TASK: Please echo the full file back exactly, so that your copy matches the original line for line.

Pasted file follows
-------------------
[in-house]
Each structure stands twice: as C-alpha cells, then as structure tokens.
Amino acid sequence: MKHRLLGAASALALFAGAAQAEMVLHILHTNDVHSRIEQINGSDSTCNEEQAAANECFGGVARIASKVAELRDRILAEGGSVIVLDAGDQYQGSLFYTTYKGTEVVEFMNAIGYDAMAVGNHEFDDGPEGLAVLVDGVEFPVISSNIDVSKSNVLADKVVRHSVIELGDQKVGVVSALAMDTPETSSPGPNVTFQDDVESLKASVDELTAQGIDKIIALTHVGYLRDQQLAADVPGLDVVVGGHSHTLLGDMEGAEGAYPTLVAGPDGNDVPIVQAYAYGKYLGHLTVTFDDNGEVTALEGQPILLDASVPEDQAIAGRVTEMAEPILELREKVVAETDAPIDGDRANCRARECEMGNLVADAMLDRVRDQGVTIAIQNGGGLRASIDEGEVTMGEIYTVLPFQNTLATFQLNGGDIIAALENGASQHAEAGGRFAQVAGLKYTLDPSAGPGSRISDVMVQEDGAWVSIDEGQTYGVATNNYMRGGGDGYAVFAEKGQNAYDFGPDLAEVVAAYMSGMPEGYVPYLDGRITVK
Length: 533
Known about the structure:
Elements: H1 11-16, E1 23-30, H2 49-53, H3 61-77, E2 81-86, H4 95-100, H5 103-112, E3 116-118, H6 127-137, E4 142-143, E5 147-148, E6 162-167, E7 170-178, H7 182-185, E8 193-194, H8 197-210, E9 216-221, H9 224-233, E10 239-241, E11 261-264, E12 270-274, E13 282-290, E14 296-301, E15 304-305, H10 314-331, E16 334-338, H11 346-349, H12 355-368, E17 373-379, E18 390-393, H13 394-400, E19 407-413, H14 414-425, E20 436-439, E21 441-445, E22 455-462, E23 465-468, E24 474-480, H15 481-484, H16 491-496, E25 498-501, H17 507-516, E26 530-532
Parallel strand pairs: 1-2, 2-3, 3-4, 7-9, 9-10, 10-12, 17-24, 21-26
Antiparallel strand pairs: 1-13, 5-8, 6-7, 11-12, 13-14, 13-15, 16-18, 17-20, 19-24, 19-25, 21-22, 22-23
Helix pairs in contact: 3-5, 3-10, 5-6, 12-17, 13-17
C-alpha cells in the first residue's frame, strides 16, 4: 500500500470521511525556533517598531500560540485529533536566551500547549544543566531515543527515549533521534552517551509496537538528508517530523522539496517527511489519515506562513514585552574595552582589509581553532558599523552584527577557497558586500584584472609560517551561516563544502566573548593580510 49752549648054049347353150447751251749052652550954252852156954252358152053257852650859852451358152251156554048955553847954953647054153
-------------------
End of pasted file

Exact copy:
[in-house]
Each structure stands twice: as C-alpha cells, then as structure tokens.
Amino acid sequence: MKHRLLGAASALALFAGAAQAEMVLHILHTNDVHSRIEQINGSDSTCNEEQAAANECFGGVARIASKVAELRDRILAEGGSVIVLDAGDQYQGSLFYTTYKGTEVVEFMNAIGYDAMAVGNHEFDDGPEGLAVLVDGVEFPVISSNIDVSKSNVLADKVVRHSVIELGDQKVGVVSALAMDTPETSSPGPNVTFQDDVESLKASVDELTAQGIDKIIALTHVGYLRDQQLAADVPGLDVVVGGHSHTLLGDMEGAEGAYPTLVAGPDGNDVPIVQAYAYGKYLGHLTVTFDDNGEVTALEGQPILLDASVPEDQAIAGRVTEMAEPILELREKVVAETDAPIDGDRANCRARECEMGNLVADAMLDRVRDQGVTIAIQNGGGLRASIDEGEVTMGEIYTVLPFQNTLATFQLNGGDIIAALENGASQHAEAGGRFAQVAGLKYTLDPSAGPGSRISDVMVQEDGAWVSIDEGQTYGVATNNYMRGGGDGYAVFAEKGQNAYDFGPDLAEVVAAYMSGMPEGYVPYLDGRITVK
Length: 533
Known about the structure:
Elements: H1 11-16, E1 23-30, H2 49-53, H3 61-77, E2 81-86, H4 95-100, H5 103-112, E3 116-118, H6 127-137, E4 142-143, E5 147-148, E6 162-167, E7 170-178, H7 182-185, E8 193-194, H8 197-210, E9 216-221, H9 224-233, E10 239-241, E11 261-264, E12 270-274, E13 282-290, E14 296-301, E15 304-305, H10 314-331, E16 334-338, H11 346-349, H12 355-368, E17 373-379, E18 390-393, H13 394-400, E19 407-413, H14 414-425, E20 436-439, E21 441-445, E22 455-462, E23 465-468, E24 474-480, H15 481-484, H16 491-496, E25 498-501, H17 507-516, E26 530-532
Parallel strand pairs: 1-2, 2-3, 3-4, 7-9, 9-10, 10-12, 17-24, 21-26
Antiparallel strand pairs: 1-13, 5-8, 6-7, 11-12, 13-14, 13-15, 16-18, 17-20, 19-24, 19-25, 21-22, 22-23
Helix pairs in contact: 3-5, 3-10, 5-6, 12-17, 13-17
C-alpha cells in the first residue's frame, strides 16, 4: 500500500470521511525556533517598531500560540485529533536566551500547549544543566531515543527515549533521534552517551509496537538528508517530523522539496517527511489519515506562513514585552574595552582589509581553532558599523552584527577557497558586500584584472609560517551561516563544502566573548593580510 49752549648054049347353150447751251749052652550954252852156954252358152053257852650859852451358152251156554048955553847954953647054153